HSBC on Tuesday said first quarter pre-tax profits almost halved as the banking giant was battered by the global coronavirus pandemic while it embarked on a major restructuring.
The lender reported pre-tax profits of $3.2 billion, down 48% from the same period in 2019, citing credit losses from clients struck by the economic slowdown as a major cause.
"The economic impact of the COVID-19 pandemic on our customers has been the main driver of the change in our financial performance since the turn of the year," newly confirmed CEO Noel Quinn said in a statement.
Reported expected credit losses in the first quarter of the year were $3 billion – $2.4 billion more than the first quarter of 2019 and the bank's biggest bad loan bundle in almost nine years.
The Asia-focused lender has embarked on a huge cost-cutting initiative as it battles multiple uncertainties caused by the grinding U.S.-China trade war, Britain's departure from the European Union and now the pandemic.
Earlier this year it announced plans to slash 35,000 jobs, trimming fat from less profitable divisions, primarily in the United States and Europe.
But COVID-19 has thrown a spanner into the works with HSBC on Tuesday confirming many of the redundancies would be put on hold for now "to reduce the uncertainty" many of its employees would face in a decimated jobs sector.
Banks are being hammered by market volatility and the economic slowdown caused by the virus crisis.
But they are also on the receiving end of huge bailouts and support from central banks and regulators.
Quinn took over as acting CEO after the shocking ousting of John Flint in August. He was finally confirmed as the bank's head last month.
He is tasked with transforming the sprawling international bank, which spans more than 50 countries but makes the vast majority of its profits in Asia.
In recent years HSBC's Asia business has done well – fueled primarily by China – but Europe and the U.S. have disappointed.
Before the coronavirus went global the bank announced plans to make $4.5 billion in cost cuts by 2022, with restructuring costs of around $6 billion.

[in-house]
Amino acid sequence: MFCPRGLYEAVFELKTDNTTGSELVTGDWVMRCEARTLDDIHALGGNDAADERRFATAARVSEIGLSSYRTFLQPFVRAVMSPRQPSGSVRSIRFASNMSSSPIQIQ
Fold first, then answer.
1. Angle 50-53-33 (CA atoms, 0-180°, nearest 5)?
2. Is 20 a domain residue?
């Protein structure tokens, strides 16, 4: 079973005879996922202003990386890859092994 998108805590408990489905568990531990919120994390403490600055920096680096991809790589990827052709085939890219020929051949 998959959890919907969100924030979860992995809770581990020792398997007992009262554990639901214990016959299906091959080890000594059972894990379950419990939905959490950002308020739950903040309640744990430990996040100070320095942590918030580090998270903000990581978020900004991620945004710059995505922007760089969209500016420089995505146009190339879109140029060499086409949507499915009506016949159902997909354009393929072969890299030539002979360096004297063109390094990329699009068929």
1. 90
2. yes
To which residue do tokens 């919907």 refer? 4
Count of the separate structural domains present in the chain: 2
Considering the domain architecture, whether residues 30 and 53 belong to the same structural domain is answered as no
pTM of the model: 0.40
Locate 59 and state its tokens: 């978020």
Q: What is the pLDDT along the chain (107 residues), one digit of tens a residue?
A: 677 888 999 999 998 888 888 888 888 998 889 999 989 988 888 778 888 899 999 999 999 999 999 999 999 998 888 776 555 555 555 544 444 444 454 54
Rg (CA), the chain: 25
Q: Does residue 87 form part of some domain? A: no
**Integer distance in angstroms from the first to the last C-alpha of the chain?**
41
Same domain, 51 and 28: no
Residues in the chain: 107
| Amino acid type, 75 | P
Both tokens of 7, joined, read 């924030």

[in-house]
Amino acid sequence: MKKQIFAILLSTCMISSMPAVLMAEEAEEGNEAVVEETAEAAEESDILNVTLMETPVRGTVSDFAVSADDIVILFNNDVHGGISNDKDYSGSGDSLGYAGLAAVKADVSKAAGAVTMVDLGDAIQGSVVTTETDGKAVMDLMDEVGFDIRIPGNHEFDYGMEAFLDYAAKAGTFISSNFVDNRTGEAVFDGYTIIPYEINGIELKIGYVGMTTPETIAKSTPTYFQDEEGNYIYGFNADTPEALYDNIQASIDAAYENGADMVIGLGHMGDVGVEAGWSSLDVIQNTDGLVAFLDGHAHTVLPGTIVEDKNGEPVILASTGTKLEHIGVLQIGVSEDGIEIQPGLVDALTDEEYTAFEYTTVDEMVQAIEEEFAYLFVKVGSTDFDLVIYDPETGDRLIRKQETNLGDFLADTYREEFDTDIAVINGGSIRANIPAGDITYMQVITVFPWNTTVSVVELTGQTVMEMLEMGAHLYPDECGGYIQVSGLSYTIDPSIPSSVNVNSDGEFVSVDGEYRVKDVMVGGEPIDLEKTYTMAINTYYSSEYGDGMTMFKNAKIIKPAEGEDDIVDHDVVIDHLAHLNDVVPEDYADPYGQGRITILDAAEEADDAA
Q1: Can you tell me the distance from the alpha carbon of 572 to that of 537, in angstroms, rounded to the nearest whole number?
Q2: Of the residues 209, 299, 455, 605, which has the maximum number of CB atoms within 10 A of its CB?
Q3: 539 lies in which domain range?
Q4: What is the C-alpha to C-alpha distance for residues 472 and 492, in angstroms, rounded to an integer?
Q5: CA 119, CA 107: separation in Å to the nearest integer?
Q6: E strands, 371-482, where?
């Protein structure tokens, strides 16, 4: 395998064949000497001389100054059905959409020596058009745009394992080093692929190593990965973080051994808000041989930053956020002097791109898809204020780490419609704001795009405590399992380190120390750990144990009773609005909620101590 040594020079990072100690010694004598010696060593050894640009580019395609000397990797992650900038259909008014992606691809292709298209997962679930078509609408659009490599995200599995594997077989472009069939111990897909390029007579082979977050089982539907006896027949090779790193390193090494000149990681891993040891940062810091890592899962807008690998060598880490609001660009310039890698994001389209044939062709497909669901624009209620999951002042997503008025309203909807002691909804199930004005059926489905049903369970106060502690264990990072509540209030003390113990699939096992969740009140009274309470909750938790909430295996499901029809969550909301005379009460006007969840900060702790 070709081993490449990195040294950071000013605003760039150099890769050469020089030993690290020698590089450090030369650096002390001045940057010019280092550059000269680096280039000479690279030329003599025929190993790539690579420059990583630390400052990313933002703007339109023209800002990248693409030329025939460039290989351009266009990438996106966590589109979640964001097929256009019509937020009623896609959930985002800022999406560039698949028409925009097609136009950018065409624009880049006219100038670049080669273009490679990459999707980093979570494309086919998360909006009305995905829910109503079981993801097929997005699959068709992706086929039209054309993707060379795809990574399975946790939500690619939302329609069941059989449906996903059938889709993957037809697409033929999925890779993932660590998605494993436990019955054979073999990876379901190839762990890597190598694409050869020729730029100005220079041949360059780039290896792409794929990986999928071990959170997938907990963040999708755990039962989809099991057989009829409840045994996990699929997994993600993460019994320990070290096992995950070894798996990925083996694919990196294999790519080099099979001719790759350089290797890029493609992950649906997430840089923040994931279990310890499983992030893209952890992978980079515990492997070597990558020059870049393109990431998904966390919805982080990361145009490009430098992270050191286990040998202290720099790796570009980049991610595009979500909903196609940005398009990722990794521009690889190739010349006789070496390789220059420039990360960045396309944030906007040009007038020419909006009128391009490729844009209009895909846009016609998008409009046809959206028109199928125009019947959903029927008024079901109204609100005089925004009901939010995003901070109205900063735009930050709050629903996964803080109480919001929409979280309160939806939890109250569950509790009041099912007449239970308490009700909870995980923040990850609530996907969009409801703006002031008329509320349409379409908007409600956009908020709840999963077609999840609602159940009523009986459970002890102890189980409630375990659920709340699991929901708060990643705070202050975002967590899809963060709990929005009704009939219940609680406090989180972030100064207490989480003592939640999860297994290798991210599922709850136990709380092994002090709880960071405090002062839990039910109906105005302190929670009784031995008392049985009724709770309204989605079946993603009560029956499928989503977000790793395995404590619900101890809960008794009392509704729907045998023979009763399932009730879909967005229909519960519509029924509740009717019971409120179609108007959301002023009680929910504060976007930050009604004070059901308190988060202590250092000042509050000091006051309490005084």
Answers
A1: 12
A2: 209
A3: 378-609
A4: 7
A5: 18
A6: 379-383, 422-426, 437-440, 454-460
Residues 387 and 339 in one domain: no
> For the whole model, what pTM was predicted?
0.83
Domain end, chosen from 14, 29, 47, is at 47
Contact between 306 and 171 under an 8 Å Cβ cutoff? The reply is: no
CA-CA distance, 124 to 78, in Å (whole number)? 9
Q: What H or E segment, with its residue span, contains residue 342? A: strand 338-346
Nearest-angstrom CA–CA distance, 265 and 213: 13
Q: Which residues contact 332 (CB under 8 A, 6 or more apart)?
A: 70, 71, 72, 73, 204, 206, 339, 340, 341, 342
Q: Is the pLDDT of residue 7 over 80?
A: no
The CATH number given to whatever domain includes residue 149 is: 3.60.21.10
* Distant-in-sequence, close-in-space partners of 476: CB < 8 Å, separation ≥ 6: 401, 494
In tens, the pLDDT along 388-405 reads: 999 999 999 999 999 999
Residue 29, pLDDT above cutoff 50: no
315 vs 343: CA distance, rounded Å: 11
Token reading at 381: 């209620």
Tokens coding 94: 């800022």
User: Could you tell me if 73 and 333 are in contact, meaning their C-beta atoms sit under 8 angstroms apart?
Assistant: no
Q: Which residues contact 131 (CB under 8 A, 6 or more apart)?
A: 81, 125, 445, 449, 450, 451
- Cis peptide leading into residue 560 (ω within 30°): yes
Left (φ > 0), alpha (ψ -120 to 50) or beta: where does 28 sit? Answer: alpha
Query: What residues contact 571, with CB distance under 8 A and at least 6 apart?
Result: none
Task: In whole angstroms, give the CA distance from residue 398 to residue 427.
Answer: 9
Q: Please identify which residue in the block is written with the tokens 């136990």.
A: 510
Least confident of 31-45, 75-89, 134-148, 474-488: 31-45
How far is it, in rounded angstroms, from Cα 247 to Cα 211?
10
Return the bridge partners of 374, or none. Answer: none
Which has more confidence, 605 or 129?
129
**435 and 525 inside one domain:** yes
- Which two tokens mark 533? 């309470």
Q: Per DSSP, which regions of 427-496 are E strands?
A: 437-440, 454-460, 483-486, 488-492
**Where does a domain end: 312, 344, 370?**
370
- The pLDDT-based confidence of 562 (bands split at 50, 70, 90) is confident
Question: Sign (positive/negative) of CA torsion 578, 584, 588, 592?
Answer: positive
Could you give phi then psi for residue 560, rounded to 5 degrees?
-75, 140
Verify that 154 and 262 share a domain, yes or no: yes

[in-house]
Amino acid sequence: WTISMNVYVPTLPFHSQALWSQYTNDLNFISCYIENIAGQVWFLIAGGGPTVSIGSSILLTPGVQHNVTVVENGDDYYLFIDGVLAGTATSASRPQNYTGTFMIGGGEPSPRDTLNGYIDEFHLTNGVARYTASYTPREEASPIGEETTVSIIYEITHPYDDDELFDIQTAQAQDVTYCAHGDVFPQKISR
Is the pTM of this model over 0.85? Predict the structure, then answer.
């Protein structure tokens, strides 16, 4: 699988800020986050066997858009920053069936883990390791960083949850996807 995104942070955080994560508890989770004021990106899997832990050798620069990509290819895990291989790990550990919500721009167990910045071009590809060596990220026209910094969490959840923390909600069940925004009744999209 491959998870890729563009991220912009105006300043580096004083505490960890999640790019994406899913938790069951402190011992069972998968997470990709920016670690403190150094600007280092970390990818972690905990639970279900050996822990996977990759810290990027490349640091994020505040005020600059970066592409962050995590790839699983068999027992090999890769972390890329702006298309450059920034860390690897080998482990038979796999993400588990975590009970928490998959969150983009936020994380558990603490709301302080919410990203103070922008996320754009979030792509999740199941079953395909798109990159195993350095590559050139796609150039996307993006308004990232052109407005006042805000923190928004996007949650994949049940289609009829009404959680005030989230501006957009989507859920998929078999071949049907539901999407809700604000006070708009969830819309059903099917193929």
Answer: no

Many of the cutbacks will be in the European and U.S. investment banking sectors, while units in more profitable Asia and the Middle East would be bolstered.
The restructuring plans are the most ambitious since 2012 when HSBC was caught up in a Mexican money laundering scandal.
HSBC warned defaults would increase the longer the pandemic goes on, with the bank expecting between $7 billion and $11 billion in credit losses from clients in 2020.
The biggest risks were currently coming from the "oil and gas, transport and discretionary consumer sectors," the bank said.
But Quinn added it was facing down the global pandemic "from a position of strength" with "robust levels of capital, funding and liquidity."
Jackson Wong, an analyst at Amber Hill Capital, said Tuesday's results were some of the worst for HSBC since the 2008 financial crash and that postponing some restructuring could help with operating costs.
And things could improve if countries make headway against the virus.
"This could be seen as the worst has already happened," he told Agence France-Presse (AFP).
Last month HSBC was one of a number of banks to cancel dividends and buybacks at the request of British regulators.
The move is part of an effort to bolster cash reserves for the economic crisis but it caused anger among investors in Asia where some 90% of HSBC's profits are made.
HSBC's shares plunged after dividends were scrapped.
Before the lunchtime break on Tuesday, the bank's shares were up 1.77% in Hong Kong.
In its results statement HSBC said it plans to review the scrapped dividends policy toward the end of this year.
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